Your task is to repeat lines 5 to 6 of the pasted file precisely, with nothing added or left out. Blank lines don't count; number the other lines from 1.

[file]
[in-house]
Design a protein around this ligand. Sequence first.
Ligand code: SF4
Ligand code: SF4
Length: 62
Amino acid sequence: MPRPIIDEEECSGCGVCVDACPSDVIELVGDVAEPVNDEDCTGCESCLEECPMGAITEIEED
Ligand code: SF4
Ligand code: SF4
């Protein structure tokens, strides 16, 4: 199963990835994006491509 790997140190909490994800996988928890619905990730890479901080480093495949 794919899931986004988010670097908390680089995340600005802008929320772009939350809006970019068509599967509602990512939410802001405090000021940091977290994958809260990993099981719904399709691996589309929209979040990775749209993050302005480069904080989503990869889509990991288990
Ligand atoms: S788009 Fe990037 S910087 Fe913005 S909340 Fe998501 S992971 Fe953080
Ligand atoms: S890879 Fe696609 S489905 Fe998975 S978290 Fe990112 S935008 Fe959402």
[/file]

Length: 62
Amino acid sequence: MPRPIIDEEECSGCGVCVDACPSDVIELVGDVAEPVNDEDCTGCESCLEECPMGAITEIEED